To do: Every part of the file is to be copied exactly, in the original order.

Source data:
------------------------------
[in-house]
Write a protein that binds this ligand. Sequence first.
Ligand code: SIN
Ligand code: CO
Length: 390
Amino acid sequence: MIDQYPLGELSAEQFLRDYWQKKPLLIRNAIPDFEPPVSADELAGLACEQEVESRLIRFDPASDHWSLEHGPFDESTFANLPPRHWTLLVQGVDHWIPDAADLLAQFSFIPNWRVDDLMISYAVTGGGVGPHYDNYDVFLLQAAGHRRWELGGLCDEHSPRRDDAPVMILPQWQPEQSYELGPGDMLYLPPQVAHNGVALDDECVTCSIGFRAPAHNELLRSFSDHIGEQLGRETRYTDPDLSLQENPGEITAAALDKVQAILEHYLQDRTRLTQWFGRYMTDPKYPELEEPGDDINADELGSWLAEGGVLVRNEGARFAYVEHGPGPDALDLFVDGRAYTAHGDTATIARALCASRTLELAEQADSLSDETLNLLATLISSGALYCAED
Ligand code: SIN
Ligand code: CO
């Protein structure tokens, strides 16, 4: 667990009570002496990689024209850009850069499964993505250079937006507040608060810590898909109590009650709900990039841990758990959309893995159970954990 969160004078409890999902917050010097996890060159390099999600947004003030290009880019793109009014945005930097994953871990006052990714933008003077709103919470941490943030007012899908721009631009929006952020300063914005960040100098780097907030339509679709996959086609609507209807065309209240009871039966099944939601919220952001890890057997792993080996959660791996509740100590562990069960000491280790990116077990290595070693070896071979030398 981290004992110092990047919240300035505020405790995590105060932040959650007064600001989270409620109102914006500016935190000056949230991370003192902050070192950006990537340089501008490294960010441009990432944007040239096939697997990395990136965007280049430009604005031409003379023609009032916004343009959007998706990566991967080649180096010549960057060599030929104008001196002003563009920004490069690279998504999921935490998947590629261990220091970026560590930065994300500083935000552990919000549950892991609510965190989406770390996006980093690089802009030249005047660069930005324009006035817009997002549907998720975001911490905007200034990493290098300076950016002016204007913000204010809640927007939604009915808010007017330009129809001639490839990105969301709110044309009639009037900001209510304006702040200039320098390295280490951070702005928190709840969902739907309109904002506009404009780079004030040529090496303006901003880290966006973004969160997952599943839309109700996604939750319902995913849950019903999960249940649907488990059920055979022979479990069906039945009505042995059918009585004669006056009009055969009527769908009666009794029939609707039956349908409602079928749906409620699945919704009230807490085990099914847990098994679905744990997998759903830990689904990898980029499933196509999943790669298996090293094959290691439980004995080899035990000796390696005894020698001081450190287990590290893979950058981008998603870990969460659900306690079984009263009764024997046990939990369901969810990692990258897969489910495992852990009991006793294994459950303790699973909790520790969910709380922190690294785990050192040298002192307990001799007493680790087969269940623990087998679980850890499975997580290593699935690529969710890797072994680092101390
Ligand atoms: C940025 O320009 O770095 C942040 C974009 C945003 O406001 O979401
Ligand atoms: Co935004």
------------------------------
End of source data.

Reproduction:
[in-house]
Write a protein that binds this ligand. Sequence first.
Ligand code: SIN
Ligand code: CO
Length: 390
Amino acid sequence: MIDQYPLGELSAEQFLRDYWQKKPLLIRNAIPDFEPPVSADELAGLACEQEVESRLIRFDPASDHWSLEHGPFDESTFANLPPRHWTLLVQGVDHWIPDAADLLAQFSFIPNWRVDDLMISYAVTGGGVGPHYDNYDVFLLQAAGHRRWELGGLCDEHSPRRDDAPVMILPQWQPEQSYELGPGDMLYLPPQVAHNGVALDDECVTCSIGFRAPAHNELLRSFSDHIGEQLGRETRYTDPDLSLQENPGEITAAALDKVQAILEHYLQDRTRLTQWFGRYMTDPKYPELEEPGDDINADELGSWLAEGGVLVRNEGARFAYVEHGPGPDALDLFVDGRAYTAHGDTATIARALCASRTLELAEQADSLSDETLNLLATLISSGALYCAED
Ligand code: SIN
Ligand code: CO
């Protein structure tokens, strides 16, 4: 667990009570002496990689024209850009850069499964993505250079937006507040608060810590898909109590009650709900990039841990758990959309893995159970954990 969160004078409890999902917050010097996890060159390099999600947004003030290009880019793109009014945005930097994953871990006052990714933008003077709103919470941490943030007012899908721009631009929006952020300063914005960040100098780097907030339509679709996959086609609507209807065309209240009871039966099944939601919220952001890890057997792993080996959660791996509740100590562990069960000491280790990116077990290595070693070896071979030398 981290004992110092990047919240300035505020405790995590105060932040959650007064600001989270409620109102914006500016935190000056949230991370003192902050070192950006990537340089501008490294960010441009990432944007040239096939697997990395990136965007280049430009604005031409003379023609009032916004343009959007998706990566991967080649180096010549960057060599030929104008001196002003563009920004490069690279998504999921935490998947590629261990220091970026560590930065994300500083935000552990919000549950892991609510965190989406770390996006980093690089802009030249005047660069930005324009006035817009997002549907998720975001911490905007200034990493290098300076950016002016204007913000204010809640927007939604009915808010007017330009129809001639490839990105969301709110044309009639009037900001209510304006702040200039320098390295280490951070702005928190709840969902739907309109904002506009404009780079004030040529090496303006901003880290966006973004969160997952599943839309109700996604939750319902995913849950019903999960249940649907488990059920055979022979479990069906039945009505042995059918009585004669006056009009055969009527769908009666009794029939609707039956349908409602079928749906409620699945919704009230807490085990099914847990098994679905744990997998759903830990689904990898980029499933196509999943790669298996090293094959290691439980004995080899035990000796390696005894020698001081450190287990590290893979950058981008998603870990969460659900306690079984009263009764024997046990939990369901969810990692990258897969489910495992852990009991006793294994459950303790699973909790520790969910709380922190690294785990050192040298002192307990001799007493680790087969269940623990087998679980850890499975997580290593699935690529969710890797072994680092101390
Ligand atoms: C940025 O320009 O770095 C942040 C974009 C945003 O406001 O979401
Ligand atoms: Co935004």